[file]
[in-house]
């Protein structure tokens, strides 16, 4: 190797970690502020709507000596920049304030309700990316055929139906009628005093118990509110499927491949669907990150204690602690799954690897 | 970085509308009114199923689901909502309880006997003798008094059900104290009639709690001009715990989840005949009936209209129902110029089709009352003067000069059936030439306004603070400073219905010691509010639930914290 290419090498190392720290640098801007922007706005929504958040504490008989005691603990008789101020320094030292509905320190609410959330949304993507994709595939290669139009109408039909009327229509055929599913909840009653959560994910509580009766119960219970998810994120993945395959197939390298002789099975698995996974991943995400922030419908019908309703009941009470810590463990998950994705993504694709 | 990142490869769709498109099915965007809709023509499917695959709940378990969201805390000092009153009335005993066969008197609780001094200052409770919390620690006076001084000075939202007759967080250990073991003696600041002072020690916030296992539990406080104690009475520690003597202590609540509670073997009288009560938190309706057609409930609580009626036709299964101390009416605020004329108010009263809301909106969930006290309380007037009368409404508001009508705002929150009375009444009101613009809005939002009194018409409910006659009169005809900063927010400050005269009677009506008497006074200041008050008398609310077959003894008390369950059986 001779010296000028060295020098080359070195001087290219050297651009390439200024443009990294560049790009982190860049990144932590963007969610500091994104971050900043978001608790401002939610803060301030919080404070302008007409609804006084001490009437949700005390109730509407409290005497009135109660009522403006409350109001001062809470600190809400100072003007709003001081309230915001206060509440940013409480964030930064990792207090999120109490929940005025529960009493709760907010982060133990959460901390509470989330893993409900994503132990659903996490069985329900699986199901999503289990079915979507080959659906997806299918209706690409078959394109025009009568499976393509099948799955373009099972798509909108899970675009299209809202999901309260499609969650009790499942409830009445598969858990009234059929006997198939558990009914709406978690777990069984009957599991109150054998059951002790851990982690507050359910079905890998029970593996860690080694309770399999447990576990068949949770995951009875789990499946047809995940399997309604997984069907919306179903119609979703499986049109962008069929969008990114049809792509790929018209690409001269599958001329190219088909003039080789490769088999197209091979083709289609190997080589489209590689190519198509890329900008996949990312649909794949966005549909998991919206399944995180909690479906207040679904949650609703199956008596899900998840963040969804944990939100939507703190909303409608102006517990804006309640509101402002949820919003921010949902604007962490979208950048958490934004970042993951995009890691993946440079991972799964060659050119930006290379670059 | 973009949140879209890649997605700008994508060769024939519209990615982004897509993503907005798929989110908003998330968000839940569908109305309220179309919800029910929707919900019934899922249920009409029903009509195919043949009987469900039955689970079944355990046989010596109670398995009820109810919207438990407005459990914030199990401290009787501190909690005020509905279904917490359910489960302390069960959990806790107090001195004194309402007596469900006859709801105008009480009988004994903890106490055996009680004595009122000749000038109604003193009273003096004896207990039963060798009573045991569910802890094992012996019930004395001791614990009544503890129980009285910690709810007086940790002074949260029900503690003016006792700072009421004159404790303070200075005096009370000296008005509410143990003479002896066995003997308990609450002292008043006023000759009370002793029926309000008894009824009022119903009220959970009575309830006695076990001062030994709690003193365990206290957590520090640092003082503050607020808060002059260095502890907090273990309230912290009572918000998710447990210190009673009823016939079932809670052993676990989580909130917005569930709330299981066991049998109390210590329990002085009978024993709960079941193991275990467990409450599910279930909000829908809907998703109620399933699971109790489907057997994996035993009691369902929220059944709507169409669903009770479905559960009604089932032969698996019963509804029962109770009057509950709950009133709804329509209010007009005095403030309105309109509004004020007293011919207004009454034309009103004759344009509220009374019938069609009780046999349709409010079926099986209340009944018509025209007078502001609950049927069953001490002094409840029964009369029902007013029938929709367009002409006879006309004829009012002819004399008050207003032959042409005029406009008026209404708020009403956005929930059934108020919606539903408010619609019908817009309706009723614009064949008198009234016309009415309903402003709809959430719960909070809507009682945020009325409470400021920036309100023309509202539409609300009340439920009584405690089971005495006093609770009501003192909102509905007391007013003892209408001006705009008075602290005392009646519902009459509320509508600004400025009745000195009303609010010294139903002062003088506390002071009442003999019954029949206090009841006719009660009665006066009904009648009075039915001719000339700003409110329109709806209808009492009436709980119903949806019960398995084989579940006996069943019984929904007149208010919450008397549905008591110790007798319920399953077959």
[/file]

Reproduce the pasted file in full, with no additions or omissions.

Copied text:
[in-house]
């Protein structure tokens, strides 16, 4: 190797970690502020709507000596920049304030309700990316055929139906009628005093118990509110499927491949669907990150204690602690799954690897 | 970085509308009114199923689901909502309880006997003798008094059900104290009639709690001009715990989840005949009936209209129902110029089709009352003067000069059936030439306004603070400073219905010691509010639930914290 290419090498190392720290640098801007922007706005929504958040504490008989005691603990008789101020320094030292509905320190609410959330949304993507994709595939290669139009109408039909009327229509055929599913909840009653959560994910509580009766119960219970998810994120993945395959197939390298002789099975698995996974991943995400922030419908019908309703009941009470810590463990998950994705993504694709 | 990142490869769709498109099915965007809709023509499917695959709940378990969201805390000092009153009335005993066969008197609780001094200052409770919390620690006076001084000075939202007759967080250990073991003696600041002072020690916030296992539990406080104690009475520690003597202590609540509670073997009288009560938190309706057609409930609580009626036709299964101390009416605020004329108010009263809301909106969930006290309380007037009368409404508001009508705002929150009375009444009101613009809005939002009194018409409910006659009169005809900063927010400050005269009677009506008497006074200041008050008398609310077959003894008390369950059986 001779010296000028060295020098080359070195001087290219050297651009390439200024443009990294560049790009982190860049990144932590963007969610500091994104971050900043978001608790401002939610803060301030919080404070302008007409609804006084001490009437949700005390109730509407409290005497009135109660009522403006409350109001001062809470600190809400100072003007709003001081309230915001206060509440940013409480964030930064990792207090999120109490929940005025529960009493709760907010982060133990959460901390509470989330893993409900994503132990659903996490069985329900699986199901999503289990079915979507080959659906997806299918209706690409078959394109025009009568499976393509099948799955373009099972798509909108899970675009299209809202999901309260499609969650009790499942409830009445598969858990009234059929006997198939558990009914709406978690777990069984009957599991109150054998059951002790851990982690507050359910079905890998029970593996860690080694309770399999447990576990068949949770995951009875789990499946047809995940399997309604997984069907919306179903119609979703499986049109962008069929969008990114049809792509790929018209690409001269599958001329190219088909003039080789490769088999197209091979083709289609190997080589489209590689190519198509890329900008996949990312649909794949966005549909998991919206399944995180909690479906207040679904949650609703199956008596899900998840963040969804944990939100939507703190909303409608102006517990804006309640509101402002949820919003921010949902604007962490979208950048958490934004970042993951995009890691993946440079991972799964060659050119930006290379670059 | 973009949140879209890649997605700008994508060769024939519209990615982004897509993503907005798929989110908003998330968000839940569908109305309220179309919800029910929707919900019934899922249920009409029903009509195919043949009987469900039955689970079944355990046989010596109670398995009820109810919207438990407005459990914030199990401290009787501190909690005020509905279904917490359910489960302390069960959990806790107090001195004194309402007596469900006859709801105008009480009988004994903890106490055996009680004595009122000749000038109604003193009273003096004896207990039963060798009573045991569910802890094992012996019930004395001791614990009544503890129980009285910690709810007086940790002074949260029900503690003016006792700072009421004159404790303070200075005096009370000296008005509410143990003479002896066995003997308990609450002292008043006023000759009370002793029926309000008894009824009022119903009220959970009575309830006695076990001062030994709690003193365990206290957590520090640092003082503050607020808060002059260095502890907090273990309230912290009572918000998710447990210190009673009823016939079932809670052993676990989580909130917005569930709330299981066991049998109390210590329990002085009978024993709960079941193991275990467990409450599910279930909000829908809907998703109620399933699971109790489907057997994996035993009691369902929220059944709507169409669903009770479905559960009604089932032969698996019963509804029962109770009057509950709950009133709804329509209010007009005095403030309105309109509004004020007293011919207004009454034309009103004759344009509220009374019938069609009780046999349709409010079926099986209340009944018509025209007078502001609950049927069953001490002094409840029964009369029902007013029938929709367009002409006879006309004829009012002819004399008050207003032959042409005029406009008026209404708020009403956005929930059934108020919606539903408010619609019908817009309706009723614009064949008198009234016309009415309903402003709809959430719960909070809507009682945020009325409470400021920036309100023309509202539409609300009340439920009584405690089971005495006093609770009501003192909102509905007391007013003892209408001006705009008075602290005392009646519902009459509320509508600004400025009745000195009303609010010294139903002062003088506390002071009442003999019954029949206090009841006719009660009665006066009904009648009075039915001719000339700003409110329109709806209808009492009436709980119903949806019960398995084989579940006996069943019984929904007149208010919450008397549905008591110790007798319920399953077959």